Safety presentation becomes praise

Estancia High School's new Batman and Robin delivered a campus security plan to parents Monday night.

Assistant Principal Mike Sciacca and Principal Kirk Bauermeister were introduced as the caped duo because they subdued a father who allegedly threatened them with a BB gun Feb. 15.

The parent, 45-year-old Michael McHugh, was trying to remove his daughter from class even though the family had an active restraining order against him, police said.

When administrators stopped McHugh, he allegedly threatened to shoot them. Sciacca and Bauermeister then wrestled the handgun away not knowing it was replica weapon, school officials said.

McHugh has since pleaded not guilty to one felony count each of assault with a deadly weapon, criminal threats, threat of injury to a school official and possession of a weapon on school grounds, and one misdemeanor count of contempt of court.

After a presentation on new safety procedures, parents asked Sciacca and Bauermeister about what happened that day, but mostly the standing-room crowd peppered them with praise.

"I feel safe knowing we have Robin and Batman in front, and we have staff that checks people," said Estancia PTSA President Vicki Snell. "They don't just let people go through."

Bauermeister said everyone from administrative staff to students deserves praise.

At his first point of contact with Estancia, an attendance staffer identified McHugh as someone unauthorized to pick up his daughter, he said.

The student's family had notified Estancia of an active restraining order, Bauermeister said.

"We're only as good as the information you disclose to us," school board member Martha Fluor told the audience.

Estancia's odd campus layout also played a part in keeping students safe, Bauermeister said.

The school is completely indoors, with atrium-like hallways that can be separated by gates leading to classrooms.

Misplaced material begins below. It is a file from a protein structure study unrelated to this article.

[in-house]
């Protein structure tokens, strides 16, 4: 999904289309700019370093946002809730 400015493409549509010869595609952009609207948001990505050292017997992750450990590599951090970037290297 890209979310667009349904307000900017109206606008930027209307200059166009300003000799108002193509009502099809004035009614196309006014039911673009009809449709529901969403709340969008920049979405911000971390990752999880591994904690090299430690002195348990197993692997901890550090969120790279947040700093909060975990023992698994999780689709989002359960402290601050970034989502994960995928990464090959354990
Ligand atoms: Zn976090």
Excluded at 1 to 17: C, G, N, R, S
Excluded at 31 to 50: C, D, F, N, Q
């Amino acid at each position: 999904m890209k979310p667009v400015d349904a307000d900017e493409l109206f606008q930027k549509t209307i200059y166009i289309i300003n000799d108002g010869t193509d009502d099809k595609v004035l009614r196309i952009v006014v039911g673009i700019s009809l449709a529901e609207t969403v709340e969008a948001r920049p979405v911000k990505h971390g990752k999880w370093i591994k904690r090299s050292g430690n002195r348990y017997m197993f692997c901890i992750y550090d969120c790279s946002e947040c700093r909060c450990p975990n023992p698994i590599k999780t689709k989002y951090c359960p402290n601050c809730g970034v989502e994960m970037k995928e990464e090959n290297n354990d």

Although many of those classrooms don't have traditional doors from the hallway, they do have doors to the outside that remain locked during the school day.

About half of the students on campus were able to flee the building and hide out on the baseball field during the lockdown, the principal said.

That evacuation fits with the district's new guidelines for responding to threats.

They encourage people to flee if they can, hide, or engage an intruder if there are no other options.

Sciacca said the guidelines encourage decision-making over contingencies.

"What we have to do is train adults and then give them the ability to make the best decision on behalf of our sons and daughters," he said.

Monday was students' first day of class after a weeklong recess that started the day of the lockdown.

Teachers will keep an eye on students and refer them to counseling staff if they show any lingering anxiety, especially the half-dozen students who witnessed Bauermeister and Sciacca take down the intruder, the principal said.

"Know this," Costa Mesa Police Chief Tom Gazsi told parents. "What you saw your staff do here on Friday demonstrates the care and the love these guys have for your kids."

Twitter: @jeremiahdobruck

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